NorthWest Arkansas Community College student enrollment decreased 2.66 percent, NWACC officials announced Wednesday.
NWACC enrolled 8,418 students for the fall semester, which is down 230 student from fall 2011.
The College had set a goal of 1 percent enrollment growth for the 2012-13 academic year.
Dr. Todd Kitchen, vice president of learner support services, said changes to federal financial aid played a role. The maximum number of semesters a student can receive a Pell Grant was reduced from 16 semesters to 12 semesters.
“When students don't have access to federal dollars and they don't have their own personal dollars, they are very limited on what they can do of way of finances," Kitchen said.
Also, another reason, Kitchen said, NWACC’s record number of graduates in May.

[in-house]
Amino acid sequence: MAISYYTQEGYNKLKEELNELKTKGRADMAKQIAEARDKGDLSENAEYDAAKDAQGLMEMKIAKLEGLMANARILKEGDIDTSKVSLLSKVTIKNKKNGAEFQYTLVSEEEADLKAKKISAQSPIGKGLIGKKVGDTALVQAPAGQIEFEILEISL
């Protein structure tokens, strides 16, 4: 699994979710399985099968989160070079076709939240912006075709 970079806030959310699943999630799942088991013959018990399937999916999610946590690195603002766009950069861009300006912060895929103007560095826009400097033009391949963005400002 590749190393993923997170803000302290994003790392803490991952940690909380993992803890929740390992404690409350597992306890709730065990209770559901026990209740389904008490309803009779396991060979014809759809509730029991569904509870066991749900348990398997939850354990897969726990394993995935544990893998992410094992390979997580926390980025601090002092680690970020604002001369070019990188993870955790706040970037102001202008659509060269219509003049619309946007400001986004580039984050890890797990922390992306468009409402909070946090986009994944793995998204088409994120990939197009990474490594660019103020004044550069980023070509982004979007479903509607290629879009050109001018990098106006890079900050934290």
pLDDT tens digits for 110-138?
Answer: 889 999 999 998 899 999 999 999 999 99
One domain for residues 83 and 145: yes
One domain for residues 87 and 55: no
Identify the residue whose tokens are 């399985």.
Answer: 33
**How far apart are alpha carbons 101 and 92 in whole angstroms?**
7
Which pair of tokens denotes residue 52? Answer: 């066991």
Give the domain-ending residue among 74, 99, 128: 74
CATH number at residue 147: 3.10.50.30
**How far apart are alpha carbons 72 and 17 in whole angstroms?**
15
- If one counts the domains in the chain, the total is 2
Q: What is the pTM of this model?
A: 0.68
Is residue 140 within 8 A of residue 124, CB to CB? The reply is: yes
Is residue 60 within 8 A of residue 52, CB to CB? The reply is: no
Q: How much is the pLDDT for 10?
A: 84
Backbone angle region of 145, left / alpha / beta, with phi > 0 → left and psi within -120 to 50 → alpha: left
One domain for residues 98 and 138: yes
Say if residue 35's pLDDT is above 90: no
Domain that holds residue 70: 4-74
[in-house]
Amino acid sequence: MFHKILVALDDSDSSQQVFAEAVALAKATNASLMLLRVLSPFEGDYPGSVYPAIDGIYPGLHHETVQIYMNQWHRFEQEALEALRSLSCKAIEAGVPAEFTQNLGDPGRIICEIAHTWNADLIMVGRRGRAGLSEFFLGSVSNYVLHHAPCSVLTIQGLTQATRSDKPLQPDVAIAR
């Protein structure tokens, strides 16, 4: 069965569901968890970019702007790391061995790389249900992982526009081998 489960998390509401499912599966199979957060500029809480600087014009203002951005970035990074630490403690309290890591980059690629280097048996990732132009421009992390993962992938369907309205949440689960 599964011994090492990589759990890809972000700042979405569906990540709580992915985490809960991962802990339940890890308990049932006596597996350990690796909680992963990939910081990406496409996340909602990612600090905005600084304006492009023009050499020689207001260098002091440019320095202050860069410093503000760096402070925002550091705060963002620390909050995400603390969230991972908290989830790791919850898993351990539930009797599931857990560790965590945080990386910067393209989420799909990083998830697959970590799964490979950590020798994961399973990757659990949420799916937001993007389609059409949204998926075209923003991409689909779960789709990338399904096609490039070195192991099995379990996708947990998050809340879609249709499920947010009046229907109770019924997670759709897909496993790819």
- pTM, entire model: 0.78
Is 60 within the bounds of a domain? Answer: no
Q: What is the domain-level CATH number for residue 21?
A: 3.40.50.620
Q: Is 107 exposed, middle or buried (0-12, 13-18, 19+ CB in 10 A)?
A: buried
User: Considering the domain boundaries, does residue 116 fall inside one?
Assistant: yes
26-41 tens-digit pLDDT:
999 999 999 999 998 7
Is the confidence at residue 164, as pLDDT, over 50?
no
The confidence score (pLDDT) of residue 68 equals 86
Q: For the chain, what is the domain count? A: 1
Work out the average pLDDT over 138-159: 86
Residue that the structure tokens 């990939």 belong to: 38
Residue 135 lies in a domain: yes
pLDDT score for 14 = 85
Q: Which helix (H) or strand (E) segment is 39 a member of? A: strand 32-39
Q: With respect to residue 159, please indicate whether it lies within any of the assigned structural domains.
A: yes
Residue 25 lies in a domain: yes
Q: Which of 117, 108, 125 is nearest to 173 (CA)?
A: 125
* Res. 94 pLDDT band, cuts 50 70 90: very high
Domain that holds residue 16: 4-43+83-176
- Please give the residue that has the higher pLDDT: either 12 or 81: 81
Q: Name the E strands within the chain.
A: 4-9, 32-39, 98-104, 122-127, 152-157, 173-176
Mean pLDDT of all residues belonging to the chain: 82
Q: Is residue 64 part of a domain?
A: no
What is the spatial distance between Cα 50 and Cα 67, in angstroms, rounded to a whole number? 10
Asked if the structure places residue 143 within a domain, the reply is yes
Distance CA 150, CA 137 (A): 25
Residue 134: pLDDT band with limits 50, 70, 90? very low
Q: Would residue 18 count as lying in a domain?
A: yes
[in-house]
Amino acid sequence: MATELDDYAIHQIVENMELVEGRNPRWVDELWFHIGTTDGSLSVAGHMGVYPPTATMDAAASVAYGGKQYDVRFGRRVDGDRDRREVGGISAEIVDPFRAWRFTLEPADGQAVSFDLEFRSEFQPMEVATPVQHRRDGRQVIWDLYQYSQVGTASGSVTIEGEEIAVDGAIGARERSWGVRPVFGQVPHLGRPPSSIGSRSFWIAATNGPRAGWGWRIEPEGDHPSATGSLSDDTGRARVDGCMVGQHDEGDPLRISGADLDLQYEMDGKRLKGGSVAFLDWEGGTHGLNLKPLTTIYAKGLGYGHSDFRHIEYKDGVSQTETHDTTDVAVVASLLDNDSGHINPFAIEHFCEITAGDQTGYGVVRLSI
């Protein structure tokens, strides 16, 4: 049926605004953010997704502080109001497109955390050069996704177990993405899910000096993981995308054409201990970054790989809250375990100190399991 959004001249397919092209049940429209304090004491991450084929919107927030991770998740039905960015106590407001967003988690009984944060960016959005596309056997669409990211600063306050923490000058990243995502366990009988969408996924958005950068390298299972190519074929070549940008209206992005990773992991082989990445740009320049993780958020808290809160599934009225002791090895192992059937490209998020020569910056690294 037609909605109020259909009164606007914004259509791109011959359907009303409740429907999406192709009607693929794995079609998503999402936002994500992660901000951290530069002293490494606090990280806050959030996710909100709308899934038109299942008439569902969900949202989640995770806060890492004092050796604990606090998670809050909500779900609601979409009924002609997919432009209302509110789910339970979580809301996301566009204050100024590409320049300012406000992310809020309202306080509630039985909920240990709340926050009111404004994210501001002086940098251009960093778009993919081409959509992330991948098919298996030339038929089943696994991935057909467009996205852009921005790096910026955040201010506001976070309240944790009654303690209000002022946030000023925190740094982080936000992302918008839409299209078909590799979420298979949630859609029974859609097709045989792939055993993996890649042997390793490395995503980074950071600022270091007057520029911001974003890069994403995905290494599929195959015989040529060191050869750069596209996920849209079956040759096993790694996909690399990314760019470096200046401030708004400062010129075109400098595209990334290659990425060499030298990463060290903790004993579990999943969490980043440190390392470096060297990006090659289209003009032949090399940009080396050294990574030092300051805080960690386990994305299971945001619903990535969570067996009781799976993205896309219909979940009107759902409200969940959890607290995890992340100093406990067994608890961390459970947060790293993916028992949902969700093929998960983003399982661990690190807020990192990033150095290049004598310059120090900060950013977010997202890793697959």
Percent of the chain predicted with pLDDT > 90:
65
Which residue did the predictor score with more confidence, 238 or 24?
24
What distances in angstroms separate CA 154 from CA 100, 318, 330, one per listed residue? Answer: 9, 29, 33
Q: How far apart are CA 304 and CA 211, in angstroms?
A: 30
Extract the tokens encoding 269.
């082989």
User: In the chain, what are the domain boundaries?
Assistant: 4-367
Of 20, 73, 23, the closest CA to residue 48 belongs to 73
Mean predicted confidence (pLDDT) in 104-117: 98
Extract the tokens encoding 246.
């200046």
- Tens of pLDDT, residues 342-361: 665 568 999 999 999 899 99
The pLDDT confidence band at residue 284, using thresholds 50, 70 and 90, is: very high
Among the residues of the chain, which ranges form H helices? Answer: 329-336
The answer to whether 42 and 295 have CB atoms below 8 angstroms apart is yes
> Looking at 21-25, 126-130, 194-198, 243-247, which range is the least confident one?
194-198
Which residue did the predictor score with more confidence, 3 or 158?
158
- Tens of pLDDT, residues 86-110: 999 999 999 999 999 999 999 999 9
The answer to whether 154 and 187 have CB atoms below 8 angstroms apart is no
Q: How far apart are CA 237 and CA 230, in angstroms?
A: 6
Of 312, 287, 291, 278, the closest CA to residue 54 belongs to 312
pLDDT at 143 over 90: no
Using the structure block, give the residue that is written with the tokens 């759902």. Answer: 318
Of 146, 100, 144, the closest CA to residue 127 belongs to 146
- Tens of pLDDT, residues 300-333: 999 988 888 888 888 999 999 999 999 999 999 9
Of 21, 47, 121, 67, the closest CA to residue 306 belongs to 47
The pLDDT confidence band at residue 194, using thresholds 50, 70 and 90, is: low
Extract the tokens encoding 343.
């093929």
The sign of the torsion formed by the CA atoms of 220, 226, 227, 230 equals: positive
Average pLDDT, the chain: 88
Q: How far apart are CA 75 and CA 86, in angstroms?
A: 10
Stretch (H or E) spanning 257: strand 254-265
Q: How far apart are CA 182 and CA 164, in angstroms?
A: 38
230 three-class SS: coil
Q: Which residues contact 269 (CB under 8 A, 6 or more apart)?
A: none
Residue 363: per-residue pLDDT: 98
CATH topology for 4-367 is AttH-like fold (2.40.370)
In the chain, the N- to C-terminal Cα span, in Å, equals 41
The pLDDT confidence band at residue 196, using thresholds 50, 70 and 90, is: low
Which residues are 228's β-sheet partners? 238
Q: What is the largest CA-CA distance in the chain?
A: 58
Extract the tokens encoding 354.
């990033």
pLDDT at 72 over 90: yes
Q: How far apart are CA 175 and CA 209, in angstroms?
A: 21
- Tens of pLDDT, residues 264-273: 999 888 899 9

"Last year we had such an increase in the number of degrees that we awarded that the pool of students that we had to pull back for this year was actually a smaller pool," Kitchen said.
John Stay, studying paramedics at NWACC, said he chose the college because it’s affordable.
"Even so with the economy down, I would probably say that there's still a solid level of enrollment here in comparison to a more expensive college," Stay said.
Leonardo Muñoz, studying education, said NWACC can always do more recruitment.
"We can go to the high schools and try bringing out the kids to show them that they can study and actually do something with their lives," Muñoz said.
NWACC officials plan to study these enrollment numbers as it moves forward. One solution is decreasing its drop-out rate.
"We have to retain more students to keep graduating students and to keep growing in enrollment," Kitchen said.
Dr. Becky Paneitz, NWACC president, said the college will study how the figures affects its 2013 fiscal budget since the college’s revenues is generated through tuition and fees.
NWACC’s enrollment remains the second largest of any two-year college in Arkansas. Pulaski Tech has the highest enrollment.